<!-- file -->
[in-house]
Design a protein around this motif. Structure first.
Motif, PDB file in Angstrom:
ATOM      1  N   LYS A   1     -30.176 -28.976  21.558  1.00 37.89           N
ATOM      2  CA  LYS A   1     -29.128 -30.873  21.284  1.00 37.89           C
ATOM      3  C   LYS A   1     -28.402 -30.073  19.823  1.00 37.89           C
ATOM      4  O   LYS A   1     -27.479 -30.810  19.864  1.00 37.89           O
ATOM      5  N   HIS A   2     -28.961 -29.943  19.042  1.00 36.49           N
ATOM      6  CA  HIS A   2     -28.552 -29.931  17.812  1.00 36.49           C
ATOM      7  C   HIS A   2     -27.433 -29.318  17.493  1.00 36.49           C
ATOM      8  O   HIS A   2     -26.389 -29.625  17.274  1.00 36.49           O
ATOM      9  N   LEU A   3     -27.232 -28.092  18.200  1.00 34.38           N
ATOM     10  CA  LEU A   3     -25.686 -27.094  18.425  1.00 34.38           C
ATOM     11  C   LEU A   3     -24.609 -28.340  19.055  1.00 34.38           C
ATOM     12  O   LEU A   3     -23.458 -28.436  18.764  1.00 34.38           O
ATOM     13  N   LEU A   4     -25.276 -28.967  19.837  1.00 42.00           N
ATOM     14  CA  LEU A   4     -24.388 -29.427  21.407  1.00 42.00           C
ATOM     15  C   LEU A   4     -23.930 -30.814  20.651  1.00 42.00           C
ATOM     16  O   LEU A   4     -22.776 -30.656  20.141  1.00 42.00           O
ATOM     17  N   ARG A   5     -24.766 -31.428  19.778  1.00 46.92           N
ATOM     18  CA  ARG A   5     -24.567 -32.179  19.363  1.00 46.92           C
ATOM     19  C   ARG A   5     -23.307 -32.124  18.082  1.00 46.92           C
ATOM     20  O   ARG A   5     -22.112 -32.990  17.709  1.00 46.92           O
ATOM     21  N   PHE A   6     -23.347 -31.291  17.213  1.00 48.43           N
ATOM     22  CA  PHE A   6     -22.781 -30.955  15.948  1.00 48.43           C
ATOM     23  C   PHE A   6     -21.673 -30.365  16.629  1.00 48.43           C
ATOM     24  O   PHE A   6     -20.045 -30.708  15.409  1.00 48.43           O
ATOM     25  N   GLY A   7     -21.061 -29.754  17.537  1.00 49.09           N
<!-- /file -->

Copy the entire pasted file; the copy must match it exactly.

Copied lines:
[in-house]
Design a protein around this motif. Structure first.
Motif, PDB file in Angstrom:
ATOM      1  N   LYS A   1     -30.176 -28.976  21.558  1.00 37.89           N
ATOM      2  CA  LYS A   1     -29.128 -30.873  21.284  1.00 37.89           C
ATOM      3  C   LYS A   1     -28.402 -30.073  19.823  1.00 37.89           C
ATOM      4  O   LYS A   1     -27.479 -30.810  19.864  1.00 37.89           O
ATOM      5  N   HIS A   2     -28.961 -29.943  19.042  1.00 36.49           N
ATOM      6  CA  HIS A   2     -28.552 -29.931  17.812  1.00 36.49           C
ATOM      7  C   HIS A   2     -27.433 -29.318  17.493  1.00 36.49           C
ATOM      8  O   HIS A   2     -26.389 -29.625  17.274  1.00 36.49           O
ATOM      9  N   LEU A   3     -27.232 -28.092  18.200  1.00 34.38           N
ATOM     10  CA  LEU A   3     -25.686 -27.094  18.425  1.00 34.38           C
ATOM     11  C   LEU A   3     -24.609 -28.340  19.055  1.00 34.38           C
ATOM     12  O   LEU A   3     -23.458 -28.436  18.764  1.00 34.38           O
ATOM     13  N   LEU A   4     -25.276 -28.967  19.837  1.00 42.00           N
ATOM     14  CA  LEU A   4     -24.388 -29.427  21.407  1.00 42.00           C
ATOM     15  C   LEU A   4     -23.930 -30.814  20.651  1.00 42.00           C
ATOM     16  O   LEU A   4     -22.776 -30.656  20.141  1.00 42.00           O
ATOM     17  N   ARG A   5     -24.766 -31.428  19.778  1.00 46.92           N
ATOM     18  CA  ARG A   5     -24.567 -32.179  19.363  1.00 46.92           C
ATOM     19  C   ARG A   5     -23.307 -32.124  18.082  1.00 46.92           C
ATOM     20  O   ARG A   5     -22.112 -32.990  17.709  1.00 46.92           O
ATOM     21  N   PHE A   6     -23.347 -31.291  17.213  1.00 48.43           N
ATOM     22  CA  PHE A   6     -22.781 -30.955  15.948  1.00 48.43           C
ATOM     23  C   PHE A   6     -21.673 -30.365  16.629  1.00 48.43           C
ATOM     24  O   PHE A   6     -20.045 -30.708  15.409  1.00 48.43           O
ATOM     25  N   GLY A   7     -21.061 -29.754  17.537  1.00 49.09           N